The experiment plays a fundamental role in understanding flow processes in unsaturated fractured rocks, and it usually starts with the research on fluid flow through a single fracture, which has attracted substantial attentions since Lomize firstly introduced a conceptual model of using parallel glass plates to fabric open fractures [9]. Henceforth, a bunch of experiments have been carried out with remarkable progresses achieved [5, 1015]. Nicholl and Glass developed an optical visualization technique to explore the wetting phase flow through two-phase structures (water and gas) in an analog rough-walled fracture [16]. The experimental scenario was analogous to single-phase flow through fractures, where the gas phase was invariant under steady-state conditions. The measured relative permeability was proportional to saturation (wetting phase) by third order. Brown et al. studied fluid flow paths within a fracture plane fabricated by assembling two transparent epoxy fracture surfaces together [17]. The measured fluid velocities were found to range over several orders of magnitude, and the maximum velocity was five times larger than the average velocity, indicating that channeling flow in fractured media could cause the fast breakthrough of contaminants. Su et al. performed flow visualization experiments on a fracture replica to study the liquid distribution and behaviour of seepages [18]. It was observed that infiltrating water advanced in unsaturated fractures along highly localized, nonuniform flow paths. Sun et al. developed an experimental device to explore rainfall infiltration in an artificial fracture [19]. The obtained relationships of saturation to capillary pressure and saturation to unsaturated hydraulic conductivity were both found to be nonlinear. Hu et al. developed an experimental apparatus for the determination of the unsaturated hydraulic properties of an analogous fracture [20]. They reported that there exists hysteresis between drainage and imbibition processes. Qian et al. conducted laboratory experiments to investigate fluid flow through a single fracture with various surface roughnesses and apertures [15]. An empirical exponential function was found to fit well the relationship between the mean velocity and the hydraulic gradient, and the fitting parameter for the exponential function was around 0.5 when hydraulic gradients ranged from 0.003 to 0.02.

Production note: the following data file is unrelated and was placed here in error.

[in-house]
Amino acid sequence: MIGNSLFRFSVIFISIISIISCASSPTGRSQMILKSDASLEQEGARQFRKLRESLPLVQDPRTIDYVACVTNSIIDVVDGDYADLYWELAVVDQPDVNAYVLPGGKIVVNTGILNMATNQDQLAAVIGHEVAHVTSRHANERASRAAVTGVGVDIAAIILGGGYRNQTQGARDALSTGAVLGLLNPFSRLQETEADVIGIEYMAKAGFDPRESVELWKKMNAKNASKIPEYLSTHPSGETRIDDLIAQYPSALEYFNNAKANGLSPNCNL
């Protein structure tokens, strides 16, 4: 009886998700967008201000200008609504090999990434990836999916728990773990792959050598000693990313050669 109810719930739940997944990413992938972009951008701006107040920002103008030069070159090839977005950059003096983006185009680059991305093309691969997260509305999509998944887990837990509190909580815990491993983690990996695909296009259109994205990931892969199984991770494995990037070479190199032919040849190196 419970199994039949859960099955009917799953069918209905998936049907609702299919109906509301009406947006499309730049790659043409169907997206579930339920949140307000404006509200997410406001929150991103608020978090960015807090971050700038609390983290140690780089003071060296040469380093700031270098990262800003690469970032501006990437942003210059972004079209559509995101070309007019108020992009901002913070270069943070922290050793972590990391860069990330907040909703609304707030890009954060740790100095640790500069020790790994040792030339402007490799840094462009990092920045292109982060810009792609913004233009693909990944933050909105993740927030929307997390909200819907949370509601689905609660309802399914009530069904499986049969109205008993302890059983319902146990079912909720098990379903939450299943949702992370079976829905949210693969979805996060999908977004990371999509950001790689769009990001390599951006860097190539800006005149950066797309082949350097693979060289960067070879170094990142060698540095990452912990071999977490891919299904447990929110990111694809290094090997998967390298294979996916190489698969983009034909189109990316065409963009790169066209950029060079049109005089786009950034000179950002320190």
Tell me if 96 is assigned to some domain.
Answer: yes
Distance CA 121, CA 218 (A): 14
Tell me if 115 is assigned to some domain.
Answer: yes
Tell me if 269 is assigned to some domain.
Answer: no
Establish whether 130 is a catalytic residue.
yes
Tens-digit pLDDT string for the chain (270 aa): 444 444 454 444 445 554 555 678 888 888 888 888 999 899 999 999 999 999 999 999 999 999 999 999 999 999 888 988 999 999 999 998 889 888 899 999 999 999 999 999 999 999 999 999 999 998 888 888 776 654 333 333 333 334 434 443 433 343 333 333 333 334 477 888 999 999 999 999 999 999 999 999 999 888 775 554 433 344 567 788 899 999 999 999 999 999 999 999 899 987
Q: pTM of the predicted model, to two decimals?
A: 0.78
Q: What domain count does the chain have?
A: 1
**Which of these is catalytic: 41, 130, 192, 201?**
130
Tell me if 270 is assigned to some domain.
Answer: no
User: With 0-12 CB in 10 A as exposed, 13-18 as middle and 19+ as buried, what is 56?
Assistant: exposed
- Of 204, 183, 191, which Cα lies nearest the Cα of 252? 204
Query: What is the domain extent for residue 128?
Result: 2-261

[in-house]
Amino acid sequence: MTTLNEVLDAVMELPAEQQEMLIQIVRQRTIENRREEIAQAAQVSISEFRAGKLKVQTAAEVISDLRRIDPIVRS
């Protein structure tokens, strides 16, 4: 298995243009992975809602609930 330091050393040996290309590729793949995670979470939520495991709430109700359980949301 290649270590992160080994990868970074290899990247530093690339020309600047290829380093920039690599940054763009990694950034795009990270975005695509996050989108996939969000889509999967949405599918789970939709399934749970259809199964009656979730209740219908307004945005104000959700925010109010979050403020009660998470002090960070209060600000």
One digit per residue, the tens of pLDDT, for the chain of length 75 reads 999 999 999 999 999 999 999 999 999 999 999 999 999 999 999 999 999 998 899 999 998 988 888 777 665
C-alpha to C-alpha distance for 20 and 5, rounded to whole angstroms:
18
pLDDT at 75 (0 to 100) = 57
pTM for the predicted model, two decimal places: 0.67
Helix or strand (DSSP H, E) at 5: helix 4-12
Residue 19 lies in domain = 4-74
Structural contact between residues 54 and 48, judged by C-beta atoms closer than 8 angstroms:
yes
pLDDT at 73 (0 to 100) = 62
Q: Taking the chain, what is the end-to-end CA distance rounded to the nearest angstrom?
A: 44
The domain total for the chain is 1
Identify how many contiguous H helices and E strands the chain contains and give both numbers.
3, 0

The aforementioned experiments usually neglect fracture/matrix interactions, but both field and laboratory tests have addressed the significant influence of fracture/matrix interactions on unsaturated seepage through fractured media [2123]. Salve et al. performed liquid-release tests in highly fractured welded tuffs at Yucca Mountain. They revealed that both fracture flows and faults-matrix interactions play critical roles in the wetting-phase movement within unsaturated fractured rocks [22]. Salve et al. carried out field tests by releasing water directly into nonwelded tuffs at Yucca Mountain [23]. The field tests suggested when the matrix and fault were dry, water injected into the fault was mostly absorbed by the adjacent matrix. Moreover, although the fault started to dry immediately after one infiltration event, the surrounding matrix would retain moisture for a few months. Roels et al. further performed moisture uptake experiments in a rough fracture fabricated by two halves of a fractured brick [24]. They observed that the wetting front in the fracture with aperture of 0.01 mm fell behind the wetting front in the matrix. Sakaki conducted wetting experiments of a rock matrix adjacent to a single vertical fracture to understand some of the fundamental mechanisms controlling fracture-matrix interactions [25]. Results showed that the wetting front within the matrix was approximately parallel to the fracture and propagated mainly in the horizontal direction, indicating that water absorption was predominantly one-dimensional orthogonal to the vertical fracture. Rangel-German et al. developed a two-dimensional micromodel to simulate moisture uptake from fracture to surrounding matrix [26]. The experimental results showed that the water uptake rate was depended critically on the water infiltration rate through fractures. Huang et al. designed an experimental apparatus to investigate the transport of vertical flow in unsaturated fractured sandstone [13]. It was observed that the fracture enlengthened the time for the wetting phase to break through the matrix, arising the accumulation of water in the matrix around the inlet end of the fracture, which tended to enhance the local flow in the matrix.